According to the Centers for Disease Control and Prevention, 26.5 million people have been diagnosed with heart disease in the United States. It is the #1 killer. The most common notion has been for years that cholesterol and saturated fat lead to heart disease and we should be concentrating on engaging in low-fat diets and chugging down prescription drugs to regulate these things. We are spoon-fed this paranoia by the government and major health organizations such as the American Heart Association, when in reality, cholesterol is a minor player in heart disease and lowering cholesterol has extremely limited benefits.
Cholesterol causes heart disease. According to cardiac surgeon Dr. Stephen Sinatra and Dr. Jonny Bowden, this statement has caused one of the most indestructible and damaging myths in medical history. The millions of marketing dollars spent on perpetuation this myth have successfully kept us focused on a relatively minor character in the heart disease story, and created a market for cholesterol-lowering drugs worth more than $30 billion a year. And what about saturated fat? The relationship between saturated fat in the diet and heart disease has never been convincingly demonstrated, and despite the fact that research shows replacing saturated fat in the diet with carbohydrates actually increases the risk for heart disease.
So if cholesterol isn’t the cause of heart disease, what is? The primary cause of heart disease is inflammation. The two types described in the book are acute and chronic. Acute happens every time you stub your toe, bang your knee, or get a splinter in your finger. The swelling, redness, and soreness you experience as a result of acute inflammation are all natural accompaniments to the healing process. Chronic inflammation flies beneath the pain radar. Yet chronic inflammation is a significant component of virtually every single degenerative condition, including Alzheimer’s, diabetes, obesity, arthritis, cancer, chronic liver and kidney disease, and, most especially, heart disease. One of the prime initiators of inflammation is oxidation.
The only time cholesterol is a problem is if it’s oxidized (damaged). Damaged or oxidized LDL (bad) cholesterol sticks to the lining of the arteries and begins the process of inflammation. Cholesterol’s ability to fight toxins may be one reason why it’s found at the site of arterial injuries caused by inflammation. But blaming cholesterol for those injuries is a little like blaming firemen for fire.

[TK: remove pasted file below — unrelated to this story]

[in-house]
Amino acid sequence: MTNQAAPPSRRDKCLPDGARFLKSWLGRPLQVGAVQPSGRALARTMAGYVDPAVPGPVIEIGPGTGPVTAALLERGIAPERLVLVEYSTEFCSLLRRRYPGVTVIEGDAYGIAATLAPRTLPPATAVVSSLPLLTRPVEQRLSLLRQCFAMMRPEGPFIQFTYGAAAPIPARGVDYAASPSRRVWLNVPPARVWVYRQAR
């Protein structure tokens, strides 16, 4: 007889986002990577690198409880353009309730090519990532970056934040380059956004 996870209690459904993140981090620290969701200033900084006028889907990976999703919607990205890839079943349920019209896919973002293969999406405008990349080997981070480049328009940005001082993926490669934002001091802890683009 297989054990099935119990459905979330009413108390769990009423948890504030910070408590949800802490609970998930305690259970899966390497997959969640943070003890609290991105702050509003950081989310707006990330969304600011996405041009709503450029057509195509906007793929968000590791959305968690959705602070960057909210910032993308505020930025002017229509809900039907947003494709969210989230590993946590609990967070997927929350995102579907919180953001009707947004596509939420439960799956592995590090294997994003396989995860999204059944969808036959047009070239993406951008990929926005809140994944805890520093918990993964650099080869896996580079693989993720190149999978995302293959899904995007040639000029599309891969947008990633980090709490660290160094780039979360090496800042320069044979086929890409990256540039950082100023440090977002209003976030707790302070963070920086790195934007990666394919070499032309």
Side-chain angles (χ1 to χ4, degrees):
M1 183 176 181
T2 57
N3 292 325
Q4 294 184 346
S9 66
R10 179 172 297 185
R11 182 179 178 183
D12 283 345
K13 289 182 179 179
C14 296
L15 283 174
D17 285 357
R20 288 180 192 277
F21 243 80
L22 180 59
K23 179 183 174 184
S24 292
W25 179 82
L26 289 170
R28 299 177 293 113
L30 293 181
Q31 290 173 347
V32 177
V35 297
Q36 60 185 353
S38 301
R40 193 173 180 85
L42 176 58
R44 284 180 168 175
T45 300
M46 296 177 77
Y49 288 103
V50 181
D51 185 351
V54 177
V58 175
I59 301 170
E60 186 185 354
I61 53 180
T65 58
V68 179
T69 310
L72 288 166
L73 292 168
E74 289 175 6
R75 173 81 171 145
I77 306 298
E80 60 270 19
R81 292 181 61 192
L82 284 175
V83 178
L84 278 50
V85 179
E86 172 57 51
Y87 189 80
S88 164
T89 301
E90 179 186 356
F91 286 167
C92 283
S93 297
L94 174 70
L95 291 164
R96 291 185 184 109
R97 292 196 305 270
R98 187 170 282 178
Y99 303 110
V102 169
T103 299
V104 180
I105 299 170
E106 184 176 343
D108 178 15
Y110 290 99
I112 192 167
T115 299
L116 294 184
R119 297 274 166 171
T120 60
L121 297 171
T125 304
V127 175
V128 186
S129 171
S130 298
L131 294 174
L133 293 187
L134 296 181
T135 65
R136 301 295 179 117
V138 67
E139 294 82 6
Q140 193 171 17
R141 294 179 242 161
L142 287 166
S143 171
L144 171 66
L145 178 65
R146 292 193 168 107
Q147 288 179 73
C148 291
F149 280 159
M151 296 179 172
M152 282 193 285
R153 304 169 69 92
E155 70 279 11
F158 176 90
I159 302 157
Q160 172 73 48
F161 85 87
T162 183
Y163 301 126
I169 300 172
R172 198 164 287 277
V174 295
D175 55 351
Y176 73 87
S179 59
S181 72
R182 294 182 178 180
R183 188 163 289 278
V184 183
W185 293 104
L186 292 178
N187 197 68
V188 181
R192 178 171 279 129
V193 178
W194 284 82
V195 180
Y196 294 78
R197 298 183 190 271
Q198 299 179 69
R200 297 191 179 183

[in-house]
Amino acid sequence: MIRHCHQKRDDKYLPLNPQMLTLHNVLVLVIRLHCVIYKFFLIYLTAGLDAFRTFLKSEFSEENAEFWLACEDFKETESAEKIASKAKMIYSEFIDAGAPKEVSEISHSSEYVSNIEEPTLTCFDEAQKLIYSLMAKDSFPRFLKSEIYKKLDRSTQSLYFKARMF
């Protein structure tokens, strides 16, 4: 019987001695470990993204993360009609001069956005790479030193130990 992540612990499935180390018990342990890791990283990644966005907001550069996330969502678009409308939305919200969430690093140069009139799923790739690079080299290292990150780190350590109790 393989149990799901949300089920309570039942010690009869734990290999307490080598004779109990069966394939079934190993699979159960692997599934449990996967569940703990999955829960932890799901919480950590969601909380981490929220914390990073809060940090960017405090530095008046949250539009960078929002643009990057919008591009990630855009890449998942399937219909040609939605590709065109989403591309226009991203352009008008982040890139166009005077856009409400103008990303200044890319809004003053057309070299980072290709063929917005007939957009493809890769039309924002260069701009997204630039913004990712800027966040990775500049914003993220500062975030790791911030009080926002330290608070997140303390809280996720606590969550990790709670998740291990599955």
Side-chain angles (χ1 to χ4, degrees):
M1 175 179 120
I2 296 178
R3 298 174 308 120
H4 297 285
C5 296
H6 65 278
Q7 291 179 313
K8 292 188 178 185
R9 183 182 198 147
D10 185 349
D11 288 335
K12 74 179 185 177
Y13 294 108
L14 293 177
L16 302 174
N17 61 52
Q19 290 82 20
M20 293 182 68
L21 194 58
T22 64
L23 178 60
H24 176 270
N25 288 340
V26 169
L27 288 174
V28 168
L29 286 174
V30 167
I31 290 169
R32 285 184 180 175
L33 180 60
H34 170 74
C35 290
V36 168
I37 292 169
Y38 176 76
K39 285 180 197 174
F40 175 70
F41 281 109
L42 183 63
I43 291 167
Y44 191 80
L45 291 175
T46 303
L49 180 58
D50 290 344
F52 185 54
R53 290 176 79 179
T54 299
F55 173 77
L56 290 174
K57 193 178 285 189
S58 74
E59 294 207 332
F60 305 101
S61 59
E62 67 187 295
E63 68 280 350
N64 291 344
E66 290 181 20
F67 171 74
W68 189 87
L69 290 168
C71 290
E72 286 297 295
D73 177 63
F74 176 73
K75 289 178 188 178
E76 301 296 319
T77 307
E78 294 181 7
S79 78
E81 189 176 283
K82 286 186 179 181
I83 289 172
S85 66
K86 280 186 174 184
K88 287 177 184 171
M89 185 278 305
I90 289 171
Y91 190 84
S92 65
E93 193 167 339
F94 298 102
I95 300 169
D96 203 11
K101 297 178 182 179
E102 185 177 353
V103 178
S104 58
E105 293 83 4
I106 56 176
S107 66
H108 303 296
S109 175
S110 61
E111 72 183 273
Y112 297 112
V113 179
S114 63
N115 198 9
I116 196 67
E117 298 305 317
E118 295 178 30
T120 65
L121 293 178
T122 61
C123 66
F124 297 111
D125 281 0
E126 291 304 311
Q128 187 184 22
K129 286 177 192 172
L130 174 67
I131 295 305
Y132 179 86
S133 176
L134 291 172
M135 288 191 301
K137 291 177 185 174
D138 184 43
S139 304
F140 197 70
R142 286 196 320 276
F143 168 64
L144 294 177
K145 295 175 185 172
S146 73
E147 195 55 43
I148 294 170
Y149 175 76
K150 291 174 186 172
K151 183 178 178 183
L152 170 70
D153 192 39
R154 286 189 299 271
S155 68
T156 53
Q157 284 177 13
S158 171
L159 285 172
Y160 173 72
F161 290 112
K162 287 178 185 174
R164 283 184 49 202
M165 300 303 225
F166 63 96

Here are some things that will help prevent you from a first or even second heart attack. Ask your doctor for the following tests, which are more than the standard test for cholesterol:
- LDL particle size
- Serum ferritin (iron)
- Lp (a)
- Coronary calcium scan
Eliminate sugar, soda, processed carbs, trans fats, processed meats and excess vegetable oils from your diet. And include more wild salmon, berries, vegetables, nuts, garlic, turmeric, and green tea into your diet. In a fascinating and much-discussed article that appeared in the December 16, 2004, issue of the British Medical Journal, researchers put forth an idea called the polymeal. They examined all the research on foods and health to see whether they could put together the ideal meal (the polymeal) that, if you ate it every day, would significantly reduce your risk for cardiovascular disease. They came up with a theoretical meal that, eaten twice daily, would reduce cardiovascular risk by a staggering 75 percent (there’s no pill in the world that can do that!). The ingredients of the polymeal? Wine, fish, almonds, garlic, fruits, vegetables and dark chocolate.
Foods can fuel your heart, supplements can support it, and exercise can strengthen it. But never neglect the “hidden” emotional and psychological risk factors that contribute to the development of heart disease as surely as smoking, a high-sugar diet, stress, high blood pressure, and lack of exercise do. Taking a break in your everyday hectic schedule to simply breathe and relax, can do worlds for you body and your soul.
Reduce inflammatory process in cells, tissues, and blood vessels, helping to slow aging and reduce risk of long-term disease.
Prevents and repairs oxidative damage to cells caused by free radicals.
Support the body’s resistance to infection and strengthen immune vigilance and response.
Improves mood, memory, and focus.
Reduces risk factors for common degenerative and age-related diseases.